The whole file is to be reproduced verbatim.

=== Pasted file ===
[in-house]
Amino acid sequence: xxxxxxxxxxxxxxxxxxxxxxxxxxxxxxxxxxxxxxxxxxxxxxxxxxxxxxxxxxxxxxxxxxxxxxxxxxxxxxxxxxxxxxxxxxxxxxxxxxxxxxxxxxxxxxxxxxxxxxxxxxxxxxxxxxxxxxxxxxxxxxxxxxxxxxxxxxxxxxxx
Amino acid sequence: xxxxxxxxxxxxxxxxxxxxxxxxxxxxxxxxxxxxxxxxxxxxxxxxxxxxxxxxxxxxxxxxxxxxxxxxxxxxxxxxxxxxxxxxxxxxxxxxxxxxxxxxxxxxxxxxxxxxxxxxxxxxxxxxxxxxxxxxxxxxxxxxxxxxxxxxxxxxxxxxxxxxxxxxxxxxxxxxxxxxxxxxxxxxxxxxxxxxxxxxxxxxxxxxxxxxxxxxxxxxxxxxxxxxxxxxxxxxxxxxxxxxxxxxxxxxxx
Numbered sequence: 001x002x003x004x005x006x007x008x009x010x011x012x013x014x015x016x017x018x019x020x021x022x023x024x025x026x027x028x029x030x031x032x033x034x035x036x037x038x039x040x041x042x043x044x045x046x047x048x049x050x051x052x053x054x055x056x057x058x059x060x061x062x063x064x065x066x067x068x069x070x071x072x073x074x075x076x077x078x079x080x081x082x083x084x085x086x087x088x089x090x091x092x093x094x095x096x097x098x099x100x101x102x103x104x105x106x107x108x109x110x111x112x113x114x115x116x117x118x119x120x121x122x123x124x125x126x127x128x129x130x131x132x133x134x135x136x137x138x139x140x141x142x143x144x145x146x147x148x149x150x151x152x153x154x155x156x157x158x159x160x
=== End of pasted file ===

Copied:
[in-house]
Amino acid sequence: xxxxxxxxxxxxxxxxxxxxxxxxxxxxxxxxxxxxxxxxxxxxxxxxxxxxxxxxxxxxxxxxxxxxxxxxxxxxxxxxxxxxxxxxxxxxxxxxxxxxxxxxxxxxxxxxxxxxxxxxxxxxxxxxxxxxxxxxxxxxxxxxxxxxxxxxxxxxxxxx
Amino acid sequence: xxxxxxxxxxxxxxxxxxxxxxxxxxxxxxxxxxxxxxxxxxxxxxxxxxxxxxxxxxxxxxxxxxxxxxxxxxxxxxxxxxxxxxxxxxxxxxxxxxxxxxxxxxxxxxxxxxxxxxxxxxxxxxxxxxxxxxxxxxxxxxxxxxxxxxxxxxxxxxxxxxxxxxxxxxxxxxxxxxxxxxxxxxxxxxxxxxxxxxxxxxxxxxxxxxxxxxxxxxxxxxxxxxxxxxxxxxxxxxxxxxxxxxxxxxxxxx
Numbered sequence: 001x002x003x004x005x006x007x008x009x010x011x012x013x014x015x016x017x018x019x020x021x022x023x024x025x026x027x028x029x030x031x032x033x034x035x036x037x038x039x040x041x042x043x044x045x046x047x048x049x050x051x052x053x054x055x056x057x058x059x060x061x062x063x064x065x066x067x068x069x070x071x072x073x074x075x076x077x078x079x080x081x082x083x084x085x086x087x088x089x090x091x092x093x094x095x096x097x098x099x100x101x102x103x104x105x106x107x108x109x110x111x112x113x114x115x116x117x118x119x120x121x122x123x124x125x126x127x128x129x130x131x132x133x134x135x136x137x138x139x140x141x142x143x144x145x146x147x148x149x150x151x152x153x154x155x156x157x158x159x160x